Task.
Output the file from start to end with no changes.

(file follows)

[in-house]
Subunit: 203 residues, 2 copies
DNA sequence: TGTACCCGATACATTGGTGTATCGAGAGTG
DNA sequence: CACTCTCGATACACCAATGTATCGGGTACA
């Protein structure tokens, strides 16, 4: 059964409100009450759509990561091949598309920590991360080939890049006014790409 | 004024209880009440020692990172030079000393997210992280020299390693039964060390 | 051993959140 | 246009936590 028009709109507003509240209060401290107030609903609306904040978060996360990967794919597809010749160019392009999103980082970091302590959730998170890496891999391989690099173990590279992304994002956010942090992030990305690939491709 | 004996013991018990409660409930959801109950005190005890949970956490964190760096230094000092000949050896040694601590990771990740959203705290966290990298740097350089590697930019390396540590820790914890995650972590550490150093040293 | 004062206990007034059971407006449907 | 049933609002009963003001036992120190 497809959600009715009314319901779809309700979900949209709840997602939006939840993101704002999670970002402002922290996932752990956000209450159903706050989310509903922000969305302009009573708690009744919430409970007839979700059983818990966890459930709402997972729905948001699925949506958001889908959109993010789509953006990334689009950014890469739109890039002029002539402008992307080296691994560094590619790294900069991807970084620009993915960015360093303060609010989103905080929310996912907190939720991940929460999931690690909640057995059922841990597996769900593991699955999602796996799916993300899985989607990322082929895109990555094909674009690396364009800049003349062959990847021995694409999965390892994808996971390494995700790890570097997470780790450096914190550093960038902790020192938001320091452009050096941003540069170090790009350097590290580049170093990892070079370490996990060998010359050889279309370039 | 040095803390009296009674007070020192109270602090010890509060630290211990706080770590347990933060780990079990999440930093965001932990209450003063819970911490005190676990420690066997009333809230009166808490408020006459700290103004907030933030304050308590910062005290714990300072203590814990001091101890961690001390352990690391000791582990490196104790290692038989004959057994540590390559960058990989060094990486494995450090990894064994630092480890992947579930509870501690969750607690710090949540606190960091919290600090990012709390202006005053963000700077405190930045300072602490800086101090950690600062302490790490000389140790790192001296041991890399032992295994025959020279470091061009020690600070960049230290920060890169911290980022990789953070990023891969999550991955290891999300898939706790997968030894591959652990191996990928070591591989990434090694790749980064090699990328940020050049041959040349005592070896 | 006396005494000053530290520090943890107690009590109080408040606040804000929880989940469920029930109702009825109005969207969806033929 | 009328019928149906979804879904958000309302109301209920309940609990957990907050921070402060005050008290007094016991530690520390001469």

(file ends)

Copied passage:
[in-house]
Subunit: 203 residues, 2 copies
DNA sequence: TGTACCCGATACATTGGTGTATCGAGAGTG
DNA sequence: CACTCTCGATACACCAATGTATCGGGTACA
């Protein structure tokens, strides 16, 4: 059964409100009450759509990561091949598309920590991360080939890049006014790409 | 004024209880009440020692990172030079000393997210992280020299390693039964060390 | 051993959140 | 246009936590 028009709109507003509240209060401290107030609903609306904040978060996360990967794919597809010749160019392009999103980082970091302590959730998170890496891999391989690099173990590279992304994002956010942090992030990305690939491709 | 004996013991018990409660409930959801109950005190005890949970956490964190760096230094000092000949050896040694601590990771990740959203705290966290990298740097350089590697930019390396540590820790914890995650972590550490150093040293 | 004062206990007034059971407006449907 | 049933609002009963003001036992120190 497809959600009715009314319901779809309700979900949209709840997602939006939840993101704002999670970002402002922290996932752990956000209450159903706050989310509903922000969305302009009573708690009744919430409970007839979700059983818990966890459930709402997972729905948001699925949506958001889908959109993010789509953006990334689009950014890469739109890039002029002539402008992307080296691994560094590619790294900069991807970084620009993915960015360093303060609010989103905080929310996912907190939720991940929460999931690690909640057995059922841990597996769900593991699955999602796996799916993300899985989607990322082929895109990555094909674009690396364009800049003349062959990847021995694409999965390892994808996971390494995700790890570097997470780790450096914190550093960038902790020192938001320091452009050096941003540069170090790009350097590290580049170093990892070079370490996990060998010359050889279309370039 | 040095803390009296009674007070020192109270602090010890509060630290211990706080770590347990933060780990079990999440930093965001932990209450003063819970911490005190676990420690066997009333809230009166808490408020006459700290103004907030933030304050308590910062005290714990300072203590814990001091101890961690001390352990690391000791582990490196104790290692038989004959057994540590390559960058990989060094990486494995450090990894064994630092480890992947579930509870501690969750607690710090949540606190960091919290600090990012709390202006005053963000700077405190930045300072602490800086101090950690600062302490790490000389140790790192001296041991890399032992295994025959020279470091061009020690600070960049230290920060890169911290980022990789953070990023891969999550991955290891999300898939706790997968030894591959652990191996990928070591591989990434090694790749980064090699990328940020050049041959040349005592070896 | 006396005494000053530290520090943890107690009590109080408040606040804000929880989940469920029930109702009825109005969207969806033929 | 009328019928149906979804879904958000309302109301209920309940609990957990907050921070402060005050008290007094016991530690520390001469």